Canadian diplomats seek to promote and defend Canadian values and interests around the world. Representing a country which values international order, and therefore the UN, many Canadian diplomats have made a significant contribution- to the development and advancement of the United Nations and its ideals.  A middle power with a non-colonialist past, Canada is a friend to both small and large powers. It has used this position to play an important and leading role in the UN. These contributions have in turn benefited Canada, the UN and the world. (Courtesy of the United Nations Association of Canada at http://www.unac.org/unfaq/canadians/diplomats.html )

The Canadian Centre for Ethics & Corporate Policy is a charitable, registered, independent ethics centre. We work with our own contributors and with other organizations involved in business ethics, building programs and addressing current issues.  The Canadian Centre for Ethics & Corporate Policy is a volunteer-driven organization comprised of corporations and individuals dedicated to developing and maintaining an ethical corporate culture. 50 Baldwin Street Toronto, Ontario, Canada M5T 1L4;    Telephone: (416) 348-8691 Fax: (416) 348-8689 E-Mail: ethicctr@interlog.com  http://www.ethicscentre.com/

The Evolution of Corporate Responsibility: From Unbridled Markets to Mature Capitalism; Address to The Canadian Centre for Ethics and Corporate Policy by Roy Culpeper, President, The North-South Institute, Toronto, December 2 1998 can be found at http://www.nsi-ins.ca/press/speech7.html 

Family Pledge of Non-violence http://www.gandhiking.com/family.htm

Teaching children values and morals - http://www.parenting-qa.com/cgi-bin/detail/valuesmorals/

At the World Level:

- Manifesto 2000

The World Commission on Culture and Development, chaired by Javier Perez de Cuellar, called for the recognition of a common set of shared principles that would allow cultural diversity to flourish.   A system of global ethics, it said in its report, Our Creative Diversity, must rest on certain pillars:

 

At the Government Level:

Dialogue on Values and Ethics A Practical Guide - based on A Strong Foundation The Report of the Task Force on Public Service Values and Ethics (Summer 1998) http://leadership.gc.ca/static/leaderskit/values_e.shtml

A STRONG FOUNDATION: Report of the Task Force on Public Service Values and Ethics - A Summary.   http://www.ccmd-ccg.gc.ca/pdfs/resume.pdf   A Strong Foundation is the report of the Task Force on Public Service Values and Ethics, one of nine Task Forces led by Deputy Ministers that were established by the Clerk of the Privy Council in 1995. This taskforce took the form of a Study Team established by the Canadian Centre for Management Development and led by John Tait, former Deputy Minister of Justice and then a Senior Fellow of CCMD. The membership of the Study Team is appended to this summary of its report. The complete report (and those of the other Task Forces) is available on the CCMD website at: http://www.ccmd-ccg.gc.ca/publica/task/index.html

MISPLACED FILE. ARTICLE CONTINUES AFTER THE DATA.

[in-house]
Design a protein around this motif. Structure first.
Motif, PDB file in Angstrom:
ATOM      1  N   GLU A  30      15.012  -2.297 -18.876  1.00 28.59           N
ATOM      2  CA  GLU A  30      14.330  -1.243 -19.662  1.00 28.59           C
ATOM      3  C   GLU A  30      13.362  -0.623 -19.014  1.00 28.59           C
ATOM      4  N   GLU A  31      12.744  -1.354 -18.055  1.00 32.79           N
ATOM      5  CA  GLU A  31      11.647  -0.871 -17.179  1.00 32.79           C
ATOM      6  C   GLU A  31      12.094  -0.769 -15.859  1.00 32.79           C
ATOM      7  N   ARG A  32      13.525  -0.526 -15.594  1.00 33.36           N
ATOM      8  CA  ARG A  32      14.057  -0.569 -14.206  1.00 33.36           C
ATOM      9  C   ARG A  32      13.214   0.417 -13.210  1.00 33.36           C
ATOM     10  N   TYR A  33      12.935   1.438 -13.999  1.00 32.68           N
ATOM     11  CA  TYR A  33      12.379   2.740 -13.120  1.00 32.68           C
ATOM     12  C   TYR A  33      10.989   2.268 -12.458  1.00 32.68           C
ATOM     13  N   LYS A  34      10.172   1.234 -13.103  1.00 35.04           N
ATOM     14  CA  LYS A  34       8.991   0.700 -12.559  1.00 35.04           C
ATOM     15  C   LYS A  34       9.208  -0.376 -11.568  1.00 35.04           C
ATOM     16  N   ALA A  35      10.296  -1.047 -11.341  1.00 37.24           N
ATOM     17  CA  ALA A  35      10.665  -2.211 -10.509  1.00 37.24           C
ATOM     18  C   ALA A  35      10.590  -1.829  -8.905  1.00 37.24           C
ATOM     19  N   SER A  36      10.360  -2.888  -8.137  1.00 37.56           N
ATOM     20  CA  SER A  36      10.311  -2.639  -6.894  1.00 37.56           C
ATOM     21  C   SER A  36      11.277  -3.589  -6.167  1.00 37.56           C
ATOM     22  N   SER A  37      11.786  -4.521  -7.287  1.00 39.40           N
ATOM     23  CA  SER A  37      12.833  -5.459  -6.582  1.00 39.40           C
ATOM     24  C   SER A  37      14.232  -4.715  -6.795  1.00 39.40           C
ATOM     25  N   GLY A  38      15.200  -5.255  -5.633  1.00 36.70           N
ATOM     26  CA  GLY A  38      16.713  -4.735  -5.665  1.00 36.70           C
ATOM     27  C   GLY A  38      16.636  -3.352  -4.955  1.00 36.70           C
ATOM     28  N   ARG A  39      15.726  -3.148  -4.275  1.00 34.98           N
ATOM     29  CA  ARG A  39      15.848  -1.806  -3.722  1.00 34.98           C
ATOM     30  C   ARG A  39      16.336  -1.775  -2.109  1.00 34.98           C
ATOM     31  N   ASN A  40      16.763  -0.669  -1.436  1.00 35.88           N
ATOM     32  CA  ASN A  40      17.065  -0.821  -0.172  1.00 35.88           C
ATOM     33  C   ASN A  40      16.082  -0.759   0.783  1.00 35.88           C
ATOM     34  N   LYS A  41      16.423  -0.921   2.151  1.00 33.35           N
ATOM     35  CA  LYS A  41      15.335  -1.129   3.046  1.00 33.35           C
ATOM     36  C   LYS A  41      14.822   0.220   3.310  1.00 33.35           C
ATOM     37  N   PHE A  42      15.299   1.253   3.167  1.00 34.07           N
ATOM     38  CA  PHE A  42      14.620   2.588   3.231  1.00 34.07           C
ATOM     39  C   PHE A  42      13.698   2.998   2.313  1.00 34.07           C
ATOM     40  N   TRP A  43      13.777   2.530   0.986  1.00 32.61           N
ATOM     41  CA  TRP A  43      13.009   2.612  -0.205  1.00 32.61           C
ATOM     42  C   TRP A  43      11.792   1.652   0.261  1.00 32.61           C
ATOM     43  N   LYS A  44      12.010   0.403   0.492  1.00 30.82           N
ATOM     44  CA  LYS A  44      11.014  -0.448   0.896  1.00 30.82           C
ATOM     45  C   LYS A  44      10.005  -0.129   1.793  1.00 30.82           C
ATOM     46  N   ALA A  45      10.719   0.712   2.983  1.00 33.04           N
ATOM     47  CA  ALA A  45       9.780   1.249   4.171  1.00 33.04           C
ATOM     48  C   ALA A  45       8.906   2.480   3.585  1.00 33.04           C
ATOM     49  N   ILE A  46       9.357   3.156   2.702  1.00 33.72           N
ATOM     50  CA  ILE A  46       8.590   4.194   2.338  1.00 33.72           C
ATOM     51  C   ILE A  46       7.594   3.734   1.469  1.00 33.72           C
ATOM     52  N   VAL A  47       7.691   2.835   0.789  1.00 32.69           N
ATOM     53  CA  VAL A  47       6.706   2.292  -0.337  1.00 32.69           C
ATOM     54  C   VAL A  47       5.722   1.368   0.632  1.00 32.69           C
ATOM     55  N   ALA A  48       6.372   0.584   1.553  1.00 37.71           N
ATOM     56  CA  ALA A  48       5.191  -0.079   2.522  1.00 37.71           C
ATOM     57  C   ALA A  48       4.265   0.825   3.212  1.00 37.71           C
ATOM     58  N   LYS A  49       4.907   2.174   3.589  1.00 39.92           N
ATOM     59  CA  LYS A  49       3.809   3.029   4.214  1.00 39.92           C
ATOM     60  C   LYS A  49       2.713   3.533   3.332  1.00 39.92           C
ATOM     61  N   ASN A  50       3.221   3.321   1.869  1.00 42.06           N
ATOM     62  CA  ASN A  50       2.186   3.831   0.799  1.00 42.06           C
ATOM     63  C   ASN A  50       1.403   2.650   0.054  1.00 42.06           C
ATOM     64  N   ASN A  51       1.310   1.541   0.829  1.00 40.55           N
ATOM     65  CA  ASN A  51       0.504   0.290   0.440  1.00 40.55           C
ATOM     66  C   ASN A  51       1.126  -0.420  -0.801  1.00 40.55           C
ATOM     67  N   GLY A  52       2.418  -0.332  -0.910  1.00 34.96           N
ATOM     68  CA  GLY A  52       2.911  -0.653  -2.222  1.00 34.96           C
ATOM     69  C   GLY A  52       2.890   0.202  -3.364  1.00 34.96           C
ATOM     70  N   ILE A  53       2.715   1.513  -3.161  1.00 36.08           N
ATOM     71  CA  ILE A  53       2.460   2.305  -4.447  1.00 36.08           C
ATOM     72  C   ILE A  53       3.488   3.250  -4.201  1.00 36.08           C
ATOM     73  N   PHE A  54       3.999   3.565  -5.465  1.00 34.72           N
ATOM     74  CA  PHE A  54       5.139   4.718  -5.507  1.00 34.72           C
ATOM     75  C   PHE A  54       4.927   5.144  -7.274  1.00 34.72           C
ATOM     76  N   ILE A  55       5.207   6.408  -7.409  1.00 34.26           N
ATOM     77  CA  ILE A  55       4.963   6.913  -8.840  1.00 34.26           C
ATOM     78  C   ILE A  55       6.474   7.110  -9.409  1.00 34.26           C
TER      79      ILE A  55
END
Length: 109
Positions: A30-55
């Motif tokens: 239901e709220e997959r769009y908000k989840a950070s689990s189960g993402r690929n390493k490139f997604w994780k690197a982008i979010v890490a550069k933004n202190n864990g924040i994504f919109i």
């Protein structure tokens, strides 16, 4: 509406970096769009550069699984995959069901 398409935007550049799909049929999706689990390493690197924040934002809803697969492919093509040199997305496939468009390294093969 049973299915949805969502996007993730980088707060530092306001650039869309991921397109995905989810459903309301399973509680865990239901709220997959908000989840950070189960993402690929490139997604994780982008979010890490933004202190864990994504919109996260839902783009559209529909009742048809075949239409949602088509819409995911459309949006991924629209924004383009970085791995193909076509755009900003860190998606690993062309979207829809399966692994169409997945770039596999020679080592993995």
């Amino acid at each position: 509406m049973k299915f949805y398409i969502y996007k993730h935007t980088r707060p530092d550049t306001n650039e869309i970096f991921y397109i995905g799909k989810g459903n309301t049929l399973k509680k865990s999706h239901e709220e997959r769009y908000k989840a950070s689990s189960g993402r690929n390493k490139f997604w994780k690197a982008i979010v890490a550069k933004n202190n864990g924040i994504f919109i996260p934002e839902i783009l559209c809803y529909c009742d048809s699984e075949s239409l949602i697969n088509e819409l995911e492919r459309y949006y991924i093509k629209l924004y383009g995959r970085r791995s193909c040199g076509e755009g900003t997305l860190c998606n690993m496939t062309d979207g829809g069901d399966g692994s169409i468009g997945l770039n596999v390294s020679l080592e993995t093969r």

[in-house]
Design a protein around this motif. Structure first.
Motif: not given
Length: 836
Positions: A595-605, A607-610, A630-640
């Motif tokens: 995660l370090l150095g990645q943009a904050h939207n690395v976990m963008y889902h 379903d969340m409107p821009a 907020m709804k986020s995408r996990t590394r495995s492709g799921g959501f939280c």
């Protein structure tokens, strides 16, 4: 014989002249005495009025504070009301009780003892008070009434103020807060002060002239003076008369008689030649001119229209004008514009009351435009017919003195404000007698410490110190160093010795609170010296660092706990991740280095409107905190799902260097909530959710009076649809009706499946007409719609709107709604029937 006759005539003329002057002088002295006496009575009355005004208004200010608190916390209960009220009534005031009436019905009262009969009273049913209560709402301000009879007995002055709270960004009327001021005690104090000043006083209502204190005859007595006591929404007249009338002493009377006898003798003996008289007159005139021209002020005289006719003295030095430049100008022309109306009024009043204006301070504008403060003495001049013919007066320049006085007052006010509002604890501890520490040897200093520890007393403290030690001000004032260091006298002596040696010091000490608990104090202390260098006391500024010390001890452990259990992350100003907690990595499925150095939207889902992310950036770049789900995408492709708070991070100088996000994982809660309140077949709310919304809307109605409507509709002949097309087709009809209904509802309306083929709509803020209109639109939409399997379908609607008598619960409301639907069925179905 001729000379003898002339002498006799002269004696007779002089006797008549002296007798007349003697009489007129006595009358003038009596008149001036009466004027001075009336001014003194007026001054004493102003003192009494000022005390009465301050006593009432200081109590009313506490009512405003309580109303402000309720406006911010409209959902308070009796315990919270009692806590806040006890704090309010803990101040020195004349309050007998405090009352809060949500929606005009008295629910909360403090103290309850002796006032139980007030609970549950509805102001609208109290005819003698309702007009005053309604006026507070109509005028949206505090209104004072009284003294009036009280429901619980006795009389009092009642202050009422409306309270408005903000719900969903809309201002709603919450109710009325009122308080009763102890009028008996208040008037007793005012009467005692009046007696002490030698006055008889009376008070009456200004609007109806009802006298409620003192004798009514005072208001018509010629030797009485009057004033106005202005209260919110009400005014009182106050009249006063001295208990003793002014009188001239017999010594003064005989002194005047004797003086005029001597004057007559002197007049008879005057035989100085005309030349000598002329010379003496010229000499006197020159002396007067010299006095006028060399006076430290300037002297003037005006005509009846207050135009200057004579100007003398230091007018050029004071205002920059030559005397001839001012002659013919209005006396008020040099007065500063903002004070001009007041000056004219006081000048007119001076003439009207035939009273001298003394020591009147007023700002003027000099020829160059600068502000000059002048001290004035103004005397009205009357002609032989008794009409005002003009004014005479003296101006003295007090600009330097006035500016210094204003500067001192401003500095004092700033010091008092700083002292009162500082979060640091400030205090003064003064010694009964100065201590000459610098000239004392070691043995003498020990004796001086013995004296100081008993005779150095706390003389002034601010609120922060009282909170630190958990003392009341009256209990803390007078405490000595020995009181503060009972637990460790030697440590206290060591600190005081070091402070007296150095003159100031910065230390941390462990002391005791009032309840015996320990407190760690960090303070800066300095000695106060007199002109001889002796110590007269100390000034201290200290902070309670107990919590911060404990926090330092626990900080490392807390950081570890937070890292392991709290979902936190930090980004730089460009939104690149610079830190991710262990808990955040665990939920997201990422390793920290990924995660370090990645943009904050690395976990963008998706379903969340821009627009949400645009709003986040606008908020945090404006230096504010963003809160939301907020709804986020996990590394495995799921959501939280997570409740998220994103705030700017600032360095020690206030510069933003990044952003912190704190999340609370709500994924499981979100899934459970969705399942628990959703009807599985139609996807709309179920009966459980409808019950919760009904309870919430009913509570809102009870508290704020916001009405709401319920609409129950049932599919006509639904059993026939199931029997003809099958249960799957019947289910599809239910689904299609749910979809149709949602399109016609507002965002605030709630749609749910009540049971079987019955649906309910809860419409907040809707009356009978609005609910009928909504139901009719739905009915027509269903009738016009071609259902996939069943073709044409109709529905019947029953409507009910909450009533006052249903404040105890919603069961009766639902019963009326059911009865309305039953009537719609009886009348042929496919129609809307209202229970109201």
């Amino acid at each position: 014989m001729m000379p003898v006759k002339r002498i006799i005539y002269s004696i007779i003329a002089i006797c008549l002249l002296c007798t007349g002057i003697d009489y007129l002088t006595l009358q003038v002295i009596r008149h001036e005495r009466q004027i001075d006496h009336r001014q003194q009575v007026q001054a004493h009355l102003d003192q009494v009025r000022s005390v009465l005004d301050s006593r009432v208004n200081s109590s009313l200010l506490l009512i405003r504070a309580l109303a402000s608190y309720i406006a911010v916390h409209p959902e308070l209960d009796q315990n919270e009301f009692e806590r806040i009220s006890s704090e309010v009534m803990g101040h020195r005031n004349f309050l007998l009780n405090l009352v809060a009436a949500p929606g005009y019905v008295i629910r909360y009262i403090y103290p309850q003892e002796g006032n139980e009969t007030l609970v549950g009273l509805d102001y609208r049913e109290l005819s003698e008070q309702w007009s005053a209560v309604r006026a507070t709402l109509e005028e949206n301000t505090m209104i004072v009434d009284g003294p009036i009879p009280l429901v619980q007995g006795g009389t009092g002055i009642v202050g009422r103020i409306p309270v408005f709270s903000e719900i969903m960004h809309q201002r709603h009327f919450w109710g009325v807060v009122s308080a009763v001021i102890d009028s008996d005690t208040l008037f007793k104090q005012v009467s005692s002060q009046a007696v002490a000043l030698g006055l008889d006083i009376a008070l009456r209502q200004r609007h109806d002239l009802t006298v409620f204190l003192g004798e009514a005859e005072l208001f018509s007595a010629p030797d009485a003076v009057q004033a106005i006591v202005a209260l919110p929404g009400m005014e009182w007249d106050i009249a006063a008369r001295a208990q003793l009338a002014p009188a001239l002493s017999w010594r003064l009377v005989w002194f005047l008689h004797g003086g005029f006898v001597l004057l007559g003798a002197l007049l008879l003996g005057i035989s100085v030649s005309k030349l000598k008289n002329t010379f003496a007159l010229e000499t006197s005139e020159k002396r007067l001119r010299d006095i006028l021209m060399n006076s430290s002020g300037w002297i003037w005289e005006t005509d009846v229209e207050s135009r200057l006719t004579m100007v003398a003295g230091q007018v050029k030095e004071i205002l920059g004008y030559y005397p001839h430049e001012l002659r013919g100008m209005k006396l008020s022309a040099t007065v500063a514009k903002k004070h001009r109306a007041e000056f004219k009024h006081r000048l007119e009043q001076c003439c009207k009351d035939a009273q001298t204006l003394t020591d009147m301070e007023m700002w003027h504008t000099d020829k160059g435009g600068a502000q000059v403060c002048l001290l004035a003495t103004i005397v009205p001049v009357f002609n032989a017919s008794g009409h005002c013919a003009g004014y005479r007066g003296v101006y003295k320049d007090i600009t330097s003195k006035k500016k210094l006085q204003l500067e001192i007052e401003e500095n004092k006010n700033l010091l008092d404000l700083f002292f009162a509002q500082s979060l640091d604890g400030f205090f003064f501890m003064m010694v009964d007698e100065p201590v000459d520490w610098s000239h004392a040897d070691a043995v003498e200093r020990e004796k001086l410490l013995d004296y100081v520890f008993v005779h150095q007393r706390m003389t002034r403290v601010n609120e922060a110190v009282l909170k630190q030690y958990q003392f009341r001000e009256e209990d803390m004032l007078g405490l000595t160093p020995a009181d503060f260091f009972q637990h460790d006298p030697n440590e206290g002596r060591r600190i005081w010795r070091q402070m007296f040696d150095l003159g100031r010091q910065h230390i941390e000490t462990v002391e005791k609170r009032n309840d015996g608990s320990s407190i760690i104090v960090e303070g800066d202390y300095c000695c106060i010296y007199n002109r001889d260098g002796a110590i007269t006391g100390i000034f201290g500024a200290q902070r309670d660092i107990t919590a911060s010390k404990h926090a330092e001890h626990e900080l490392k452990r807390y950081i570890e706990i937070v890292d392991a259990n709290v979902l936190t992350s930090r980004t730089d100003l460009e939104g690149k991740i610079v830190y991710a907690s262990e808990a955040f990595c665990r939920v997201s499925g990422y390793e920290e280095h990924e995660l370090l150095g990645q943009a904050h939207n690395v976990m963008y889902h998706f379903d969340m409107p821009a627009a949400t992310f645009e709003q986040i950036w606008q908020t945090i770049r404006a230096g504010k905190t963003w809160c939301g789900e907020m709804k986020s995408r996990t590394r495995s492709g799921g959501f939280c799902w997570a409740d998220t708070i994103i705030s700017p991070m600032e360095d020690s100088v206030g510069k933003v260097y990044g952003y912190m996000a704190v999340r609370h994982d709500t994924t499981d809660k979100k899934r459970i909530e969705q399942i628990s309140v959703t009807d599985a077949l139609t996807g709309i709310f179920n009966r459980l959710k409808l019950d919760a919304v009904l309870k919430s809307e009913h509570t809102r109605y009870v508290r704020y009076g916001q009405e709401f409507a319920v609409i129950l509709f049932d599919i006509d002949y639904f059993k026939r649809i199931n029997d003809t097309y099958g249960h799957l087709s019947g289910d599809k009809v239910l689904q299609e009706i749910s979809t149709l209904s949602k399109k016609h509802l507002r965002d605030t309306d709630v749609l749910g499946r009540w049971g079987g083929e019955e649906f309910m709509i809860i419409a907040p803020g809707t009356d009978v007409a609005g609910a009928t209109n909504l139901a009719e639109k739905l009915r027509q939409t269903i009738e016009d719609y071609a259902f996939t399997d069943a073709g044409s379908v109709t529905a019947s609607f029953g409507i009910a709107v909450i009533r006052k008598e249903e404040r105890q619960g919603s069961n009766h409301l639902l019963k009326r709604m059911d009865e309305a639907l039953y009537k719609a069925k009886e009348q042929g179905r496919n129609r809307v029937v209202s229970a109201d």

Brief on Ethics and Values (on Public Service Management to the Organization for Economic Cooperation and Development) - http://www.psc-cfp.gc.ca/accex/smrtshop/winter99/jan_19/oecd_valuesrep.html

 

At the Business Level:

Managing by Values by Ken Blanchard Michael O'Connor This book goes beyond the standard measures of success in the corporate world--size and volume--to describe a way to gauge a company's success based on the quality of service available to its customers and the quality of life accessible to its employees. Summary - http://www.blanchardsolutions.com/html/mbv.htm

To order the book:  http://www.chapters.ca/books/details/default.asp?UID=178B3CAE83F611D3A6FA0008C7DB3259&WSID=1510178B3CAC83F611D3A6FA0008C7DB&ISBN=1576750078

(Review of Managing By Values - http://users.aol.com/rslts/mbvalue.html )

The Canadian Centre for Ethics & Corporate Policy is a charitable, registered, independent ethics centre. We work with our own contributors and with other organizations involved in business ethics, building programs and addressing current issues.  The Canadian Centre for Ethics & Corporate Policy is a volunteer-driven organization comprised of corporations and individuals dedicated to developing and maintaining an ethical corporate culture. 50 Baldwin Street Toronto, Ontario, Canada M5T 1L4;    Telephone: (416) 348-8691 Fax: (416) 348-8689 E-Mail: ethicctr@interlog.com  http://www.ethicscentre.com/

The Evolution of Corporate Responsibility: From Unbridled Markets to Mature Capitalism; Address to The Canadian Centre for Ethics and Corporate Policy by Roy Culpeper, President, The North-South Institute, Toronto, December 2 1998 can be found at http://www.nsi-ins.ca/press/speech7.html .